The Nationwide Building Society has reported that UK house prices increased by 0.6% in October, with the annual pace of price growth edging up to 3.9% from 3.8% in September.
The average price of a home in the UK is now £196,807.
Robert Gardner, Nationwide’s chief economist, said: “Over the past five months annual price growth has remained in a fairly narrow range between 3% and 4%, broadly consistent with earnings growth over the longer term. While this bodes well for a sustainable increase in housing market activity, much will depend on whether building activity can keep pace with increasing demand.
“Fixed rate mortgages have remained the most popular product type by a considerable margin in recent years. Data from the Council of Mortgage Lenders suggests that almost 90% of new mortgages were contracted on fixed rates over the past twelve months. This is probably a reflection of ongoing uncertainty about the precise timing of UK interest rate increases as well as a desire to lock in low interest rates.
“The proportion of new mortgage lending contracted on fixed rates has been steadily increasing since the low point in 2010, when less than half of lending was on fixed rates. In recent months the proportion of lending accounted for by fixed rate deals has surpassed the levels prevailing before the financial crisis.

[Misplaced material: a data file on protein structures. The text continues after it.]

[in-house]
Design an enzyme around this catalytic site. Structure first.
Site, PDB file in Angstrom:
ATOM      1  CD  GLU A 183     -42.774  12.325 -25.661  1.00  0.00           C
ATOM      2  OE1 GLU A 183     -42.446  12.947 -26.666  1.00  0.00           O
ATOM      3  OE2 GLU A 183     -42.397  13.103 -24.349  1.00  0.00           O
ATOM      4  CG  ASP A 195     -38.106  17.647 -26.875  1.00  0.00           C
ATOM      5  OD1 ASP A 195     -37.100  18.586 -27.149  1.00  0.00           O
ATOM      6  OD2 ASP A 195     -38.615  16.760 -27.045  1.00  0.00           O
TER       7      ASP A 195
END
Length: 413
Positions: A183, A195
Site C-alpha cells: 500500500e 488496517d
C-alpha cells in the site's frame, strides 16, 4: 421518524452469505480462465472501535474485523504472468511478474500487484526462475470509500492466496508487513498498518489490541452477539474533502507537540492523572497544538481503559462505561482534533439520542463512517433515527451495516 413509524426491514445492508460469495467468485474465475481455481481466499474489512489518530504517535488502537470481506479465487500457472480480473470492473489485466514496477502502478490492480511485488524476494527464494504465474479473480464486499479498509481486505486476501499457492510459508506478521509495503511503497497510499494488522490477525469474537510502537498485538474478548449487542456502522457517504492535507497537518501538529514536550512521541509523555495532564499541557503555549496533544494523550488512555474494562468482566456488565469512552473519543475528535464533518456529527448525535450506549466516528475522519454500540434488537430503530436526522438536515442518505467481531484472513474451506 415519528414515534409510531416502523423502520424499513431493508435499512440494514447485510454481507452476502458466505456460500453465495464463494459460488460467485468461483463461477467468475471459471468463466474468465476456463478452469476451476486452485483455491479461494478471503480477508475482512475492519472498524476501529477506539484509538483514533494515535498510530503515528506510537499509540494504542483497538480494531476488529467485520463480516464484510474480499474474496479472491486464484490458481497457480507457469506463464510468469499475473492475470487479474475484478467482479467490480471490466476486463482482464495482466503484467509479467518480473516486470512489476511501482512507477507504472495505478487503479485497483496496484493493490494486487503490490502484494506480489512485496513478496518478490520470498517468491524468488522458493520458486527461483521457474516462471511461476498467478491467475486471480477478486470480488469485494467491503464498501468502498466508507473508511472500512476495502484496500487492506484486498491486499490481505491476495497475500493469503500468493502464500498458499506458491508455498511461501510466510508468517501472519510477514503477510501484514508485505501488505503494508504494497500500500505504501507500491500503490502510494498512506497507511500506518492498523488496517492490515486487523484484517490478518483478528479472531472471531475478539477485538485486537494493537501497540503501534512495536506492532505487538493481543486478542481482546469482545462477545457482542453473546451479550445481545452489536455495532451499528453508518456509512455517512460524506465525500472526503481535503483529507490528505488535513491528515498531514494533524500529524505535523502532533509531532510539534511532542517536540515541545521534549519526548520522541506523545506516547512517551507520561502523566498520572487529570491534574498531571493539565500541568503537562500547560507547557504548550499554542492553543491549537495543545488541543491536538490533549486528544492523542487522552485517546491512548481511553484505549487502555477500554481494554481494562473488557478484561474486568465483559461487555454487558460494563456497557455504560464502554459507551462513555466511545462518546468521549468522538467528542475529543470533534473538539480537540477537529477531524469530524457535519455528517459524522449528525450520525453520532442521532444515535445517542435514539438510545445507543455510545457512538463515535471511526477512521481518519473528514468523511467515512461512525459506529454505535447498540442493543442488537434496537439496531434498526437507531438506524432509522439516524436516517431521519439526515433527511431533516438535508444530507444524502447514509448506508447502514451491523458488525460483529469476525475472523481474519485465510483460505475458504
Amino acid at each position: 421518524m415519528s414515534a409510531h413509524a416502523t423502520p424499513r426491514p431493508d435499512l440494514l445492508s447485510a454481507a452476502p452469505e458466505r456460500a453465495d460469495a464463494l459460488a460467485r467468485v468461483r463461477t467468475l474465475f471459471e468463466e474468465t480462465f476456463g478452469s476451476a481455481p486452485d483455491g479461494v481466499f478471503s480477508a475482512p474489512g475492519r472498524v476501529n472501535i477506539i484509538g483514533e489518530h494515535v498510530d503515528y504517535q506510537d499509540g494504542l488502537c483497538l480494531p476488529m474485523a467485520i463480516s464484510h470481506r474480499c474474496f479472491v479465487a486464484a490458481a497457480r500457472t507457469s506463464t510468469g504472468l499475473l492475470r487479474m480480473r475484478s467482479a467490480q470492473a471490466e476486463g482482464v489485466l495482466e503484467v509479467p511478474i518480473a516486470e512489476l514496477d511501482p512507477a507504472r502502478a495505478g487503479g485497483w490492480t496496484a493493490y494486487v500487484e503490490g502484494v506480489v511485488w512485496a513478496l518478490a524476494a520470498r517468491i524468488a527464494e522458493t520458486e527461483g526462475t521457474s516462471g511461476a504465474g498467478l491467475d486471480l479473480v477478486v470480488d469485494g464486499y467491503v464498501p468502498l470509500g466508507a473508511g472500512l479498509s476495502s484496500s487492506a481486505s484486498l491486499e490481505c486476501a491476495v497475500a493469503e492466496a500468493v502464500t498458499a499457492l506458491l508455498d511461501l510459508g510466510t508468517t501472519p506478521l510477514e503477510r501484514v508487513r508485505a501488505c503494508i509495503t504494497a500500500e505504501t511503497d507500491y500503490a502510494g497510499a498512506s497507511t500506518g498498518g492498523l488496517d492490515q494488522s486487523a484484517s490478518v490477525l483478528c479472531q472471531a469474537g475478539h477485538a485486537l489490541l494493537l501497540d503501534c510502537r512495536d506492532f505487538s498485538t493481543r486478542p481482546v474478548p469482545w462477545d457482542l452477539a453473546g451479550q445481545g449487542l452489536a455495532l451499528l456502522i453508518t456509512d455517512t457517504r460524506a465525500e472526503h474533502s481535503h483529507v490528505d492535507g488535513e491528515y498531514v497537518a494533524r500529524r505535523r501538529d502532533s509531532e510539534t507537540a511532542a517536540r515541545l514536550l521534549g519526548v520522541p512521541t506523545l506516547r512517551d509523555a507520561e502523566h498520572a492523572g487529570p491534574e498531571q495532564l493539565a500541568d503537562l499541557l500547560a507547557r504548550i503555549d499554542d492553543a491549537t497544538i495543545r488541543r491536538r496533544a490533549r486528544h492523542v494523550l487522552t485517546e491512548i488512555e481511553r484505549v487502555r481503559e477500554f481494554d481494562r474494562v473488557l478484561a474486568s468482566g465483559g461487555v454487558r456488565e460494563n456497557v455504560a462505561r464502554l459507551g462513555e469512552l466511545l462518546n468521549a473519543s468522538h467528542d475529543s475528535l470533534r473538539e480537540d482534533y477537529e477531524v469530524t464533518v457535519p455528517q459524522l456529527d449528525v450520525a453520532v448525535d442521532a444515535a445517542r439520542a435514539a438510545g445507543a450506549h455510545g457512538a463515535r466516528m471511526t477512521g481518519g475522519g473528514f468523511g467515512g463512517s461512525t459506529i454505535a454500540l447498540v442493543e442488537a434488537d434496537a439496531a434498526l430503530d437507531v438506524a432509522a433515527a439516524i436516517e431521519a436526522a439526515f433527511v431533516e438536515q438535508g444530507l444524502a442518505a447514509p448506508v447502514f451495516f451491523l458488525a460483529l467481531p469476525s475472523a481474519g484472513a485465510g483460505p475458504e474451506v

“Fixed rate deals are most popular amongst first time buyers for whom certainty over monthly payments is likely to be particularly important. Indeed, over the past twelve months 95% of new mortgage lending to first time buyers was on fixed rates.”
Mark Dyason, director of UK independent mortgage broker Edinburgh Mortgage Advice, added: “Fixed rates mortgages, especially five-year fixes, are by a distance the most popular with borrowers right now. Any rate rise talk from the Bank of England travels like wildfire through the ranks of homeowners and prospective homeowners.
“Borrowers know higher rates are coming sooner or later and they are battening down the hatches in advance.
“First time buyers and people with smaller deposits are especially likely to select a fixed rate because that’s what most lenders are offering at high loan to values. With the interest rate upcycle surely getting closer, more borrowers on fixed rates cannot be a bad thing.”